ON WORLD autism awareness day one mum talks of her determination to get more support for her autistic son
Aileen McCallan (45) is mum to Christopher (15), Cian (13) and Laura (7), and does her best to divide her time equally between her children, yet her son Cian's autism means she can never take her eyes off him. Here's her story.
I walk around with a bunch of keys in my hand and lock every door behind me so Cian is shut in. I lock the front door, the back door, the door to the living room, the bedroom doors, and the door to the ensuite.
Last night Cian escaped when a friend called over and went running down the main road. I went running after him and that is what I do all day, I run after Cian.
He might have gotten it into his head that he wanted to go to the DVD shop, or to a house where he knows there are toys.
My son has a large vocabulary but he doesn't use it the way I would, or he chooses to be silent, so I have no way of knowing where it is he actually wants to go.
I would say that Cian has no sense of danger at all. As a young child he would climb over the counters and swing from the curtains. He will take a stranger's hand. I have to have my eye on him constantly, I am always waiting for him to bolt, and live in fear that he will do himself some harm.
He has no sense of a closed door which isn't locked either, and while his seven-year-old sister Laura loves him, she doesn't love his behaviour all the time, and he can torment her by going into her room and playing with her perfumes.
Autism is hugely complex, and each child is different. Cian craves sugar, and we have to keep the kitchen presses locked at all times. Child locks don't do the job, as Cian is now 13 and strong.
He is always fascinated with how things work and doesn't think twice about taking the remote control and breaking it in half to have a look inside. I think I have bought 20 remote controls in the past couple of years, as Cian's brother Christopher likes to watch the television.
Some experts say autistic children don't feel emotion, but they do. We were in a bike shop recently and bicycles were tied up and Cian got it into his head that they were broken. He was utterly desolate at the thought of a broken bike and lay on the ground and wouldn't move for more than an hour.
His sense of empathy came out when he was three years old and I was sitting at the kitchen table and crying because I was so exhausted from trying to calm him.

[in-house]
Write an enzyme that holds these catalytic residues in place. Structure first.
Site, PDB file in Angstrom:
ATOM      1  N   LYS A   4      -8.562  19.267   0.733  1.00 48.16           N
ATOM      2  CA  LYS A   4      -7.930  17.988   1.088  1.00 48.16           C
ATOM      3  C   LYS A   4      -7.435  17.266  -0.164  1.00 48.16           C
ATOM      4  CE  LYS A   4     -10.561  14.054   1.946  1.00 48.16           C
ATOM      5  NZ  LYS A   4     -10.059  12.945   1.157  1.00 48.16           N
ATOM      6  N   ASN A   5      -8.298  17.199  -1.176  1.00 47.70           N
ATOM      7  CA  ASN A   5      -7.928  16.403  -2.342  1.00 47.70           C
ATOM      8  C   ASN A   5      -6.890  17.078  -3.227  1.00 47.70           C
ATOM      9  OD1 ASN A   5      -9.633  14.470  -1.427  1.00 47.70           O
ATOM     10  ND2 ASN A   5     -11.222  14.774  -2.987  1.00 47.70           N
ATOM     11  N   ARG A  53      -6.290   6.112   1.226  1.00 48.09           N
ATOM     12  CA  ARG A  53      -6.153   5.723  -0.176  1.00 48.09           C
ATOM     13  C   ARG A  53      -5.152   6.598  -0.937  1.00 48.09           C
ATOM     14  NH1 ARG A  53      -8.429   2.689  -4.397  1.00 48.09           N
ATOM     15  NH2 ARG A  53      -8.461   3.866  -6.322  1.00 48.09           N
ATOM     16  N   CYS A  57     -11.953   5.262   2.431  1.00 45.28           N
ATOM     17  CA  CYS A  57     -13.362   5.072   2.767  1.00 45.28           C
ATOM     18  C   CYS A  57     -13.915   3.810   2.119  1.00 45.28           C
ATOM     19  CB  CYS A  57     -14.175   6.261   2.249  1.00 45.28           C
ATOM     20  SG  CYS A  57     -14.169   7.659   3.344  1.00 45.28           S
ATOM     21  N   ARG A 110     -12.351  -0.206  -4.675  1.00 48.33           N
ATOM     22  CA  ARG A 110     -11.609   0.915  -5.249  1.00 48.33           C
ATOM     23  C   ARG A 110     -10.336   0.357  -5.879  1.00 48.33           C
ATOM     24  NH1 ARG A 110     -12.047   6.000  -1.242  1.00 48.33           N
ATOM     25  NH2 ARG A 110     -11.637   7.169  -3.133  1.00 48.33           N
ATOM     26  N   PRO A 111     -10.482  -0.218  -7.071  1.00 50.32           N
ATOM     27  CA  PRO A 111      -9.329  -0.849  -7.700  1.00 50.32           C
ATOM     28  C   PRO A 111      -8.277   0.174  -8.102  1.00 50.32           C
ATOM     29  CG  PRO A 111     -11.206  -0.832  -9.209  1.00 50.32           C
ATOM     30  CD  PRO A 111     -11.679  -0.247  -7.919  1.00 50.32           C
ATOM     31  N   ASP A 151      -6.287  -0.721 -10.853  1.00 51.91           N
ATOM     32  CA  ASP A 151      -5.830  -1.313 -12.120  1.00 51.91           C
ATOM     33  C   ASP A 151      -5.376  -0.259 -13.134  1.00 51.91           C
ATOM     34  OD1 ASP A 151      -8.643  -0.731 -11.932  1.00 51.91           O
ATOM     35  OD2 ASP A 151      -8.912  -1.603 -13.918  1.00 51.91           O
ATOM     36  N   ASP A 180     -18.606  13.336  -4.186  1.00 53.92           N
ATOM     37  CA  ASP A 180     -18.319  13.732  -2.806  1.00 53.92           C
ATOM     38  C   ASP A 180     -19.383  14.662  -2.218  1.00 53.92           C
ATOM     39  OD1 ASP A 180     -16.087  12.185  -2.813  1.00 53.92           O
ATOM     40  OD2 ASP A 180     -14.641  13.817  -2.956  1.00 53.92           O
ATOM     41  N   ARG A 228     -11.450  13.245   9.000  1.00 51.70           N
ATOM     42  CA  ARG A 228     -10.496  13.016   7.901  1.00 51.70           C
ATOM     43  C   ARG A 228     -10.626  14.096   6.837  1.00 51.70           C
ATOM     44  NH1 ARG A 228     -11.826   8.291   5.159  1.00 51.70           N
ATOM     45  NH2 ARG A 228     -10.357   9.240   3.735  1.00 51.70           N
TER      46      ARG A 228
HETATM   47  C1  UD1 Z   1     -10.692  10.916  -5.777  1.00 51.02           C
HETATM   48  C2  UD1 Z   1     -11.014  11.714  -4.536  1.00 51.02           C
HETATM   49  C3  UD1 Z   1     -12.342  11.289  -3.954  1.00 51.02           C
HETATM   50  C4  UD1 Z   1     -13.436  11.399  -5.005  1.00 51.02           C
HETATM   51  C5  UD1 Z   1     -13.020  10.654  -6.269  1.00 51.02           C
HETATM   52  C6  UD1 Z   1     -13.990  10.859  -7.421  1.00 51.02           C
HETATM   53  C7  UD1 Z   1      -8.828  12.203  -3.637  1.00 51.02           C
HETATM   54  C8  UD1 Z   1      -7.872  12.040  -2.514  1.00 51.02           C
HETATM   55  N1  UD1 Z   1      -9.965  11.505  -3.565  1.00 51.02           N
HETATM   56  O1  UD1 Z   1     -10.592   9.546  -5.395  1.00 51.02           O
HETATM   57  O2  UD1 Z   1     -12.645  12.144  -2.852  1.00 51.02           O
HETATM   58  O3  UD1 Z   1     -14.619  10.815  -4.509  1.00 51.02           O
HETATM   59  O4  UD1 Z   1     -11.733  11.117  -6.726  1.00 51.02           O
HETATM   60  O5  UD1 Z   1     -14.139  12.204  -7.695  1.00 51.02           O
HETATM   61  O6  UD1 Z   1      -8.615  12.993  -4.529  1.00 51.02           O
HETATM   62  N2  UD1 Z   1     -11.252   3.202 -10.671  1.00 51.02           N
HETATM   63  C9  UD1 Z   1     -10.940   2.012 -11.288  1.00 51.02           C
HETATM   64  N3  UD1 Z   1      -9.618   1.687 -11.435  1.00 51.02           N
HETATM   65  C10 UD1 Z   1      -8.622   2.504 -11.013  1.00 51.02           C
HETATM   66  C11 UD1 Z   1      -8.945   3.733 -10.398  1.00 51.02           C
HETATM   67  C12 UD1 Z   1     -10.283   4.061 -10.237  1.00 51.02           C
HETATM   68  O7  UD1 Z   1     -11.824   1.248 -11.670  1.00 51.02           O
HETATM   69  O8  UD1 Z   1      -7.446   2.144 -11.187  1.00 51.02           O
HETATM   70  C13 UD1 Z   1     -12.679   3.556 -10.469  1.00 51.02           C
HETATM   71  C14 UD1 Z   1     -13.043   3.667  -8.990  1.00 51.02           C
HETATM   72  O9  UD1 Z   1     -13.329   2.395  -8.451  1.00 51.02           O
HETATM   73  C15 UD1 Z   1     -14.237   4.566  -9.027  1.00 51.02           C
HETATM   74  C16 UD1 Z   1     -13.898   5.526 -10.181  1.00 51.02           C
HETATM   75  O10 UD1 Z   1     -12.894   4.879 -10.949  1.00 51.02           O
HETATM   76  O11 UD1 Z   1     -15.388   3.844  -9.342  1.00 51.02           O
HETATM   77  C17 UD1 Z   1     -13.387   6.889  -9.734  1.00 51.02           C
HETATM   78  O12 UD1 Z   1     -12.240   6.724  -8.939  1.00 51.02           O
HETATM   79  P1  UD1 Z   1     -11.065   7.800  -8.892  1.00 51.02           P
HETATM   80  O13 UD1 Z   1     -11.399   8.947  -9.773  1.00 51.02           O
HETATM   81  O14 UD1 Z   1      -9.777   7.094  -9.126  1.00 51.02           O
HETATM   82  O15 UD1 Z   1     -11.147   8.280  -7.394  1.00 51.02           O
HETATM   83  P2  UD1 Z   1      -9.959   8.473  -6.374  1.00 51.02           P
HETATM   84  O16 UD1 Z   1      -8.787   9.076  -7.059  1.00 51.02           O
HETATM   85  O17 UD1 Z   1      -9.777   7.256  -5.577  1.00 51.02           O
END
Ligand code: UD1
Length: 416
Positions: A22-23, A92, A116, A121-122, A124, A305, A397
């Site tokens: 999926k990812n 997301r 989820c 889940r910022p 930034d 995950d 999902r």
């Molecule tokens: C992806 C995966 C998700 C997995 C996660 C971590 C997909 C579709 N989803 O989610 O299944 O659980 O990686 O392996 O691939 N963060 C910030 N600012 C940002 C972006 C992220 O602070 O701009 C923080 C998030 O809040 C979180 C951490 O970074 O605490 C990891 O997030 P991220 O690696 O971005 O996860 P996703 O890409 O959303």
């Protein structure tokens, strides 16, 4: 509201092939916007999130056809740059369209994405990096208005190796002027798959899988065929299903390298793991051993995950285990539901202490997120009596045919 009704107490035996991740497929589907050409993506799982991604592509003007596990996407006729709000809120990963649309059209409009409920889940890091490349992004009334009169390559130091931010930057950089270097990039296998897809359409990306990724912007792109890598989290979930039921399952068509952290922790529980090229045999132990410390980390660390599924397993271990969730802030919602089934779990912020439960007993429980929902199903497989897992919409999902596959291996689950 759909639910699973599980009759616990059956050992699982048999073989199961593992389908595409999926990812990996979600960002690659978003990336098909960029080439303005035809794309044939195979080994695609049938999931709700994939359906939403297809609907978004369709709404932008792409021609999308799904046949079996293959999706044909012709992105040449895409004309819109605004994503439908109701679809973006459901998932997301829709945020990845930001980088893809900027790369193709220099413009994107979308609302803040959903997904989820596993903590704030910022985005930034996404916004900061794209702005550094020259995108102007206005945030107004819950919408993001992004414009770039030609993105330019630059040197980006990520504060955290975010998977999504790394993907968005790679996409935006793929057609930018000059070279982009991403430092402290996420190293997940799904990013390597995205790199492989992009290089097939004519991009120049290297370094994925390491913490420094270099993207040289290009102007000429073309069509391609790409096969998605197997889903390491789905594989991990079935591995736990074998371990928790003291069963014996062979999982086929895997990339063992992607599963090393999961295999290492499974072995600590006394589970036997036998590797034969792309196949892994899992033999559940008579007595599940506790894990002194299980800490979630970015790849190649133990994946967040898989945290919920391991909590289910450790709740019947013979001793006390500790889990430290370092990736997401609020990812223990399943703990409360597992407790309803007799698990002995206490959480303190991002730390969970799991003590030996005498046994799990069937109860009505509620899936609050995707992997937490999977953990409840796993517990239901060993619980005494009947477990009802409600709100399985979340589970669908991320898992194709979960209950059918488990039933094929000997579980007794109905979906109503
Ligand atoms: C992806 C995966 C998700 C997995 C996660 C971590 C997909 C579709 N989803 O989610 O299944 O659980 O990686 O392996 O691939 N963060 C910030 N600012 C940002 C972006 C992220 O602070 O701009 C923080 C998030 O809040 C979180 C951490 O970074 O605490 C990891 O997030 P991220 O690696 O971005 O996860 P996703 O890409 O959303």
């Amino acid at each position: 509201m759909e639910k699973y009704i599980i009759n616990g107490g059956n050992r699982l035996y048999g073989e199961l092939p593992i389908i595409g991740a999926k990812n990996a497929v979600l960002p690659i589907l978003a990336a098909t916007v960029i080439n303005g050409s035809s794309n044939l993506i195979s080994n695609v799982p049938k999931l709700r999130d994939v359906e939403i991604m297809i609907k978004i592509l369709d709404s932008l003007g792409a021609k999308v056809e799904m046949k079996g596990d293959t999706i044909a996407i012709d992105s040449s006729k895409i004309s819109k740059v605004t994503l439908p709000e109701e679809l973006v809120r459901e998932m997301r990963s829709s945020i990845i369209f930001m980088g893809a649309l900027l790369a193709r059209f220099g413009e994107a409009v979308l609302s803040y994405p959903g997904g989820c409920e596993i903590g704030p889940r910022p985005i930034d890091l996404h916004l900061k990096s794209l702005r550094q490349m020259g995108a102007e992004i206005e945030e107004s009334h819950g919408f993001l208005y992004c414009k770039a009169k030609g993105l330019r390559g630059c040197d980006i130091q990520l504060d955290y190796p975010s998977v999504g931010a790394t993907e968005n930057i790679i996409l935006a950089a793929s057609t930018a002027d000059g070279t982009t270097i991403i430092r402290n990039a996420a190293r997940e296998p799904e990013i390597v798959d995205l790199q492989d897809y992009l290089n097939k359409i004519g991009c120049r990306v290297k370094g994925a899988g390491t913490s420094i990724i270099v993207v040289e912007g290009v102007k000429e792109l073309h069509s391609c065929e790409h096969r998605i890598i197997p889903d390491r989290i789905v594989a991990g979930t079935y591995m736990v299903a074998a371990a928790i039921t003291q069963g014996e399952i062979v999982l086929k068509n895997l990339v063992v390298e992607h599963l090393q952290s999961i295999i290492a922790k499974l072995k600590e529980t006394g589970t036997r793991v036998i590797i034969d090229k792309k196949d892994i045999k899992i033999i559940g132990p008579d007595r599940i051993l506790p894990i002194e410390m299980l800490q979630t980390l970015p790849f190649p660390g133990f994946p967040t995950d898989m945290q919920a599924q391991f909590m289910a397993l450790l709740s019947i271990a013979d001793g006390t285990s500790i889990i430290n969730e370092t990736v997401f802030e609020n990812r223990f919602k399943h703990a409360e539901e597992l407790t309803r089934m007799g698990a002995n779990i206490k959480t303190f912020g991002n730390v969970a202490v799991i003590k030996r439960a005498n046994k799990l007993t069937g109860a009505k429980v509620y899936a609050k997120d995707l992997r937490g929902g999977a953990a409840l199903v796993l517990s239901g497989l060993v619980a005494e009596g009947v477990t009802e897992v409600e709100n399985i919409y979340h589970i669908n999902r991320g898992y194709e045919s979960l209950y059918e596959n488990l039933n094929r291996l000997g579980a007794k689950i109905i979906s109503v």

He started pulling at me and wouldn't give up until I started to move. He pushed me up the stairs and I thought he was telling me he wanted to go to bed. But instead he awkwardly pushed me down onto my bed and pulled the duvet over me.
He went and stood at the window staring out.
My life as Cian's mother is one of utter exhaustion but I do not believe my son needs medication or sedation, I believe he needs stimulation. His autism all but disappears when he is engaged in activities he loves, such as horse-riding or swimming or trampolining. Or travelling in a car.
He only has one mother though, and I do not have boundless energy or the money it takes to pay for all these activities. No one talks about the expense of autism, but it drains every penny.
I spent the first years of Cian's life on my knees teaching him how to engage with life. Small things could be traumatic for him, like getting into a car. His senses react differently to other people's; for example his sense of taste is different and he cannot have metal in his mouth, and so can't tolerate eating with a fork or spoon.
Cian's food is all finger food as a result. I would rename autism as a sensory processing disorder as Cian processes all his senses differently to other people.
He has to touch everything he sees, for example. He doesn't have to smell everything but some autistic children do, and they smell everyone they meet and everything they touch.
Cian processes how he sees differently, and blinks all the time. Bright light is not his friend and he likes to sit in darkened rooms during the summer, or to put on my sunglasses.
I have seen students in his class get terribly upset by noise, even by Cian's light humming. Sometimes Cian will put his hands over his ears but he can tolerate more noise than other children in his class.
I have faith in myself as Cian's mother and I also have faith in the community which surrounds us in Buncrana. I have no faith in the Government. I have had one weekend respite so far this year. I had three days respite last year.
Next year there will be no place for Cian at the school he attends and which supports autistic children. He will have to leave school when he is 14 years old and after only starting school when he was eight. If I woke up in the morning thinking about this, I would be in a state of constant despair. I am constantly shattered as it is, tears are never far away, and I'm not talking about an occasional upset, it's every day.
I know my son is a darling, and I know he shines light on people all the time and shows them up and shows that he isn't the one who has the problem.
People in shops can get impatient but he shows them up to be lacking in understanding and kindness for others. He shines the light on me, his mother and at times I end up laughing and thinking, and I'm the one who thinks she knows what she is doing.
He shines the light on our Government which lets him down each and every day. Their cutbacks and taking money and support away from the most vulnerable in society is beyond shameful. On World Autism Awareness Day I would like to take the opportunity to ask for what I have been asking for years, for the services and support my son Cian deserves.
A World of Our Own, by Aileen McCallan, published by Poolbeg, price €14.99